Magazine article Business Asia

Singapore Banks Go for Broke

Magazine article Business Asia

Singapore Banks Go for Broke

Article excerpt

Singapore's cash-rich banks -- led by industry leaders such as the United Overseas Bank (UOB) and the Development Bank of Singapore -- have gone on the offensive as their South East Asian counterparts bunker down.

UOB this month spent US$388 million to acquire 75 per cent of Thailand's troubled Radanasin Bank. It also plans to take a 60 per cent share in Westmont Bank in the Philippines.

In 1997, the Development Bank of Singapore (DBS), the largest bank in South East Asia, became Singapore's first bank to make an overseas acquisition by grabbing a majority stake in Bangkok-based Thai Danu Bank. It subsequently took control of other banks in the Philippines and Hong Kong.

Industry analysts say the takeovers are a further sign that healthy Singapore banks are moving in on their troubled neighbouring banks, which are groaning under the burden of non-performing loans.

Another Singapore bank, Overseas Union Bank (OUB), is also eyeing overseas expansion to offset the limited potential for growth in Singapore's mature market.

A five-year liberalisation program in Singapore means the city state's leading banks will be exposed to increased foreign competition.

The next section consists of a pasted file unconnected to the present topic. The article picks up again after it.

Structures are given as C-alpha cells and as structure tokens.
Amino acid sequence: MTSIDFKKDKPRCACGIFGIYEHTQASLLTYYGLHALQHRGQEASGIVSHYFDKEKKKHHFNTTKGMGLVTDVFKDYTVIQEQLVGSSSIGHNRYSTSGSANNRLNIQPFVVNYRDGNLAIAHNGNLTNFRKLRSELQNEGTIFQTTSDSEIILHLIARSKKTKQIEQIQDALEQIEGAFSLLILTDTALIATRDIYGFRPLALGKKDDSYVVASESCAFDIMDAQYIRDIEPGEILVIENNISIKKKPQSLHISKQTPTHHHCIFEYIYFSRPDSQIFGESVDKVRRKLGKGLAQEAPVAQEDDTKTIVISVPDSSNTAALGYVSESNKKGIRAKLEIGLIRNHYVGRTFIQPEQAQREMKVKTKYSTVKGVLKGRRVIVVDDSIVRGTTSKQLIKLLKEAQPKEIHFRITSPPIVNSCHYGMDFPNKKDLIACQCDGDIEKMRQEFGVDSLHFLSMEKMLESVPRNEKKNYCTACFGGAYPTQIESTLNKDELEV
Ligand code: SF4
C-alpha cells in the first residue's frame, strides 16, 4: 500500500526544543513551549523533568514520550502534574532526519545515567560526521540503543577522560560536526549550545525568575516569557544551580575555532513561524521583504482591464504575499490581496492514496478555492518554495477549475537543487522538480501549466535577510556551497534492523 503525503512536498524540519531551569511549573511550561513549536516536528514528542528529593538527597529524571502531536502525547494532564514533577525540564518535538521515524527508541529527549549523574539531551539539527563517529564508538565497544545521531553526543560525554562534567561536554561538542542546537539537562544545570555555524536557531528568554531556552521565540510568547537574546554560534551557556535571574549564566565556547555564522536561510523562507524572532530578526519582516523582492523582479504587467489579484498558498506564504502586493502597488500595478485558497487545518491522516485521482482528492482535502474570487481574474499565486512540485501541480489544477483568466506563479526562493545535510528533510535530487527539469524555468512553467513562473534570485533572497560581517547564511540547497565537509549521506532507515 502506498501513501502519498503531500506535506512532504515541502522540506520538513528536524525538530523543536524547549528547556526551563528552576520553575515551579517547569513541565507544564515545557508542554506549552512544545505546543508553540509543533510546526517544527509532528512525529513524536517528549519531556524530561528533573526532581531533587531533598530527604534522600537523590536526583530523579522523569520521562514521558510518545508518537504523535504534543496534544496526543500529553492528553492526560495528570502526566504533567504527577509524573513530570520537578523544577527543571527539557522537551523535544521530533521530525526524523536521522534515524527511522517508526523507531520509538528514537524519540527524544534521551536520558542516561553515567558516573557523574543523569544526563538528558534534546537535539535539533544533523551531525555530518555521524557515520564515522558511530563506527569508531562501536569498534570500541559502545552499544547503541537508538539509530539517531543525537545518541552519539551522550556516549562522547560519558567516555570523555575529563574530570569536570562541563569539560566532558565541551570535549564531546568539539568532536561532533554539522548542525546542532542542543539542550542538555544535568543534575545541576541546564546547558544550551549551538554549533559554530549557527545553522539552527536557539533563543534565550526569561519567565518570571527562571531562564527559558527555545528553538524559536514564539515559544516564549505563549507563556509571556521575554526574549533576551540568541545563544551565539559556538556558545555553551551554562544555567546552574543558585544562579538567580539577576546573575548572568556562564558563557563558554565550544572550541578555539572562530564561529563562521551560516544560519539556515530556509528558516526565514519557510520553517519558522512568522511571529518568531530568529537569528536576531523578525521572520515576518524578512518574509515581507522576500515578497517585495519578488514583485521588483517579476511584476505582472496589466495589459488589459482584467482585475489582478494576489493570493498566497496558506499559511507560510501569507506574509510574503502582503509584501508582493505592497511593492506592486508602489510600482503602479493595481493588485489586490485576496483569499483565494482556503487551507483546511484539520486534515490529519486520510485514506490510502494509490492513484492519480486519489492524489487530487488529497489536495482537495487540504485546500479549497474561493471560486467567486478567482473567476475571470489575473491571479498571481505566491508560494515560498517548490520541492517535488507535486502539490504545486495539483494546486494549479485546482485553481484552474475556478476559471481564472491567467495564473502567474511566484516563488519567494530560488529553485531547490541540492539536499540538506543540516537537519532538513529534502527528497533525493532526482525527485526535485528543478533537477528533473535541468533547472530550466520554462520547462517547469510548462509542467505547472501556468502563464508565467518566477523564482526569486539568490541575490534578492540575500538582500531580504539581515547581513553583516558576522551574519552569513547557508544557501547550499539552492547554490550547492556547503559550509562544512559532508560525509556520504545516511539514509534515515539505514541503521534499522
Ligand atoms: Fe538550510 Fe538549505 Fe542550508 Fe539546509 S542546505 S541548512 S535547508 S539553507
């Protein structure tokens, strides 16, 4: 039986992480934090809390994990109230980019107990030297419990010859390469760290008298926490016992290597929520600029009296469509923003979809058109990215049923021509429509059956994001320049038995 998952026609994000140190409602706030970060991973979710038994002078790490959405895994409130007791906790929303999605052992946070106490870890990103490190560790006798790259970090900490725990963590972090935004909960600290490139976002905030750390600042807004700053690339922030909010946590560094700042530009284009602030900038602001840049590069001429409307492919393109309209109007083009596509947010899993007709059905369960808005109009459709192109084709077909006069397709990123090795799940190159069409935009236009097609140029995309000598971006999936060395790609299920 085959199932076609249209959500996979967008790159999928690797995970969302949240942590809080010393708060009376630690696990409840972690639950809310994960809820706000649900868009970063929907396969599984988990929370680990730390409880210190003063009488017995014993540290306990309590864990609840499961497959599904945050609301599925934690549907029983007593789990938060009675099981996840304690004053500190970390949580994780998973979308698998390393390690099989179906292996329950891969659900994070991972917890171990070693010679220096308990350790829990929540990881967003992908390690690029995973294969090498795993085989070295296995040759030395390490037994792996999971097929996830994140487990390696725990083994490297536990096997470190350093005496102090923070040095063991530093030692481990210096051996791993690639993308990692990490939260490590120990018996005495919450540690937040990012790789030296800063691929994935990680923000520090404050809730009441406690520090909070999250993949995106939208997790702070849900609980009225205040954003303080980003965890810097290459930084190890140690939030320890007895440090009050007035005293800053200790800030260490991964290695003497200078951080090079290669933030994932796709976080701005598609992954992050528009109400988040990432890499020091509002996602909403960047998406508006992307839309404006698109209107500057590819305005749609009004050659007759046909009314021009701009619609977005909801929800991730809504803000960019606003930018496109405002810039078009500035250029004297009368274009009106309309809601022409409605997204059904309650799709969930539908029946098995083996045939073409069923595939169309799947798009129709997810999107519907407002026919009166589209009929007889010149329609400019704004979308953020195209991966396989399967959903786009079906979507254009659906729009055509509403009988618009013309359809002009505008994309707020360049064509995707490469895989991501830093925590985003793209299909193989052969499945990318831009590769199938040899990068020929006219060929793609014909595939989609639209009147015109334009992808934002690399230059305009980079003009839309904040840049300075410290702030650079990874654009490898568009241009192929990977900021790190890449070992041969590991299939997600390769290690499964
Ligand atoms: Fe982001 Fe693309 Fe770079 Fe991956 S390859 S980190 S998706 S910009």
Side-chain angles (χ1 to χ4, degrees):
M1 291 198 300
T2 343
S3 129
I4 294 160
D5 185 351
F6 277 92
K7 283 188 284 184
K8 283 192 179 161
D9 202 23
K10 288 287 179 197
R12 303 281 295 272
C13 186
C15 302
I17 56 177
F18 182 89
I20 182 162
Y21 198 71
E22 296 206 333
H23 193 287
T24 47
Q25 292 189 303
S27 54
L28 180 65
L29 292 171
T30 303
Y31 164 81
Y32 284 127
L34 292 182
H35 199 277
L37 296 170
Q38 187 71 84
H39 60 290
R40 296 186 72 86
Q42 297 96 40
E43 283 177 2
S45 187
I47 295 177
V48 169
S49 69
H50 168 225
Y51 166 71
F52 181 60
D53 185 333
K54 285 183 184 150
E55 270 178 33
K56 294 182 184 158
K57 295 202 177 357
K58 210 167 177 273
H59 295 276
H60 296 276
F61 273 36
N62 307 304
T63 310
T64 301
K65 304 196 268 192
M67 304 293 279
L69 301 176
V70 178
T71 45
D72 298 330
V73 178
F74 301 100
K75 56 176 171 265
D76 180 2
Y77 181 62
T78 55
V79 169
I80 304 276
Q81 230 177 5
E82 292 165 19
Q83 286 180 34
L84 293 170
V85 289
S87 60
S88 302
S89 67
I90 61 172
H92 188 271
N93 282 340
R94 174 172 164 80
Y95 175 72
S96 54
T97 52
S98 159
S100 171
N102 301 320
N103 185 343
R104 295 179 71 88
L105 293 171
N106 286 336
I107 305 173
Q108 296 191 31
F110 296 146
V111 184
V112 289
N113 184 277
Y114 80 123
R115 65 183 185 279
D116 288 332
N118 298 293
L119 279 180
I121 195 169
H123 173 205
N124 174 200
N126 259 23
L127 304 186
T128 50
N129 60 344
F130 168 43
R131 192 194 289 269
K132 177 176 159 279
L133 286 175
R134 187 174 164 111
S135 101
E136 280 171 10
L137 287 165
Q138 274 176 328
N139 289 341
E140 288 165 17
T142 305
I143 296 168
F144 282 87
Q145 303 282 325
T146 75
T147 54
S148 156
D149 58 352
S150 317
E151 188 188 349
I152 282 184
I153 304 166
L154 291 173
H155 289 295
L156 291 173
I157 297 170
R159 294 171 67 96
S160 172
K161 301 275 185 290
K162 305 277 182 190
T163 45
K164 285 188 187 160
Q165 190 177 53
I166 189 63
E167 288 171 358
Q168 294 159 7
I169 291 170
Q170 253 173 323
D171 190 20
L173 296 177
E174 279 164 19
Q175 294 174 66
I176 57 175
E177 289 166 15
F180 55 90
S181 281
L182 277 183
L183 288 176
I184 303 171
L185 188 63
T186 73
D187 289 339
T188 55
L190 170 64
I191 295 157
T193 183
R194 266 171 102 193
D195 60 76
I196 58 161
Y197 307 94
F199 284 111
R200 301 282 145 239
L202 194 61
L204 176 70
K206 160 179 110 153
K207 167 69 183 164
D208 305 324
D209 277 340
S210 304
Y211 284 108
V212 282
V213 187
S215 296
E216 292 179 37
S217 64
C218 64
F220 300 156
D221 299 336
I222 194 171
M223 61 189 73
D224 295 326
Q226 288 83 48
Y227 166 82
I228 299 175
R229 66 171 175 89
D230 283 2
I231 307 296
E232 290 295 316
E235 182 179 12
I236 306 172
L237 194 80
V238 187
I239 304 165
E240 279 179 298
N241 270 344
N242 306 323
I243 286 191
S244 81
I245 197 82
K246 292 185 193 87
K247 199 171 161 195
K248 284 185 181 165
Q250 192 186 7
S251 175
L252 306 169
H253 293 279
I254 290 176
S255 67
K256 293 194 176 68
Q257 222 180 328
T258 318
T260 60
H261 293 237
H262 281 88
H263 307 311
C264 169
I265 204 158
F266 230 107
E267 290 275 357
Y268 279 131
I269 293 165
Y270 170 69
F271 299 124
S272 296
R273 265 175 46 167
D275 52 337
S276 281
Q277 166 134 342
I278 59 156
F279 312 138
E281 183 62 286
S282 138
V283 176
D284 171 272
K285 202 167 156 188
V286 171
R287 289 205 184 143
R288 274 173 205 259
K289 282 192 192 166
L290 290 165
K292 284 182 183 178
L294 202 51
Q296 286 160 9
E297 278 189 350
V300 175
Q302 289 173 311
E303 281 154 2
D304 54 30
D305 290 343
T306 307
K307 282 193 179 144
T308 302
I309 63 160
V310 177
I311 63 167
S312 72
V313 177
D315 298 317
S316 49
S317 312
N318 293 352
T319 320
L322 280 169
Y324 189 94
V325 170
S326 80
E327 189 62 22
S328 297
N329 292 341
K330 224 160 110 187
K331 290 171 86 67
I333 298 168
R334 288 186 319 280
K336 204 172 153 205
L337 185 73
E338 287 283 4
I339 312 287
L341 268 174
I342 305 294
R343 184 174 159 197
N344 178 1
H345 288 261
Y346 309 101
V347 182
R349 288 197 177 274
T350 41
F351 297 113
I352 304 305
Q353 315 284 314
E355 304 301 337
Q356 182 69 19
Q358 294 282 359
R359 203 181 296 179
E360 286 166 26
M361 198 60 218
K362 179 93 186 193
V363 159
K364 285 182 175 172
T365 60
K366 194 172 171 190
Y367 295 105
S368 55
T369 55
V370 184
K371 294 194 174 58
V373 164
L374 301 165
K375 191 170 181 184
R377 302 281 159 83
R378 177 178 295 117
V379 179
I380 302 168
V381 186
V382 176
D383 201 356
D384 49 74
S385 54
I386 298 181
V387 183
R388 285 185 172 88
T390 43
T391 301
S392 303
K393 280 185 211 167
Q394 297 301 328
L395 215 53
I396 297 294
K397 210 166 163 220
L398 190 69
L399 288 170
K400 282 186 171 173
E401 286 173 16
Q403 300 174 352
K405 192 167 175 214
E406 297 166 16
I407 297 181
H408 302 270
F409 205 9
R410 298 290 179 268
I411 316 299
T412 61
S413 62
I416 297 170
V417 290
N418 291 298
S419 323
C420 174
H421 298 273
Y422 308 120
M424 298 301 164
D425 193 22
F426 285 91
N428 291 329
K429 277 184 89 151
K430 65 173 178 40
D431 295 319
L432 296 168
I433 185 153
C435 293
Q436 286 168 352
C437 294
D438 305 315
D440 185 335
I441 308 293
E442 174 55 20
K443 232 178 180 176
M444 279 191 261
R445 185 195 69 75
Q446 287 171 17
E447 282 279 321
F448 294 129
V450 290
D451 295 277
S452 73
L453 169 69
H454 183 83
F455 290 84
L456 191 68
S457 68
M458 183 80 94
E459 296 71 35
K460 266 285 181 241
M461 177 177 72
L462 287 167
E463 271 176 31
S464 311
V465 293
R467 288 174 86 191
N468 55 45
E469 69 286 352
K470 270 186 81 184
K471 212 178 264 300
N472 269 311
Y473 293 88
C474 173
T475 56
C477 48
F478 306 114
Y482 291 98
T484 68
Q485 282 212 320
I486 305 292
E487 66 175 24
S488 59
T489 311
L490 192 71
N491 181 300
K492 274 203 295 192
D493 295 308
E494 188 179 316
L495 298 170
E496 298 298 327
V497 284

The Goh Government this month granted qualifying full bank (QFB) privileges to four foreign banks: ABN Amro, Banque Nationale de Paris (BNP), Citibank and Standard Chartered Bank. This allows them to open more branches and have offsite ATM's.

David Tan Guan Huat, vice-president and head of corporate planning and risk management at OUB, said the bank's overseas expansion plans had been in the pipeline for years.

"We didn't really wait for this QFB or this market liberalisation or this (Asian) crisis. If we'd waited, I think it would have been too late", he said.

Tan said OUB knew as far back as 1992 that it had to move beyond Singapore.

In 1992, the bank garnered 20 per cent of its earnings from overseas -- a figure which rose to about 40 per cent pre-crisis before dropping back to about 35 per cent in the past year. …

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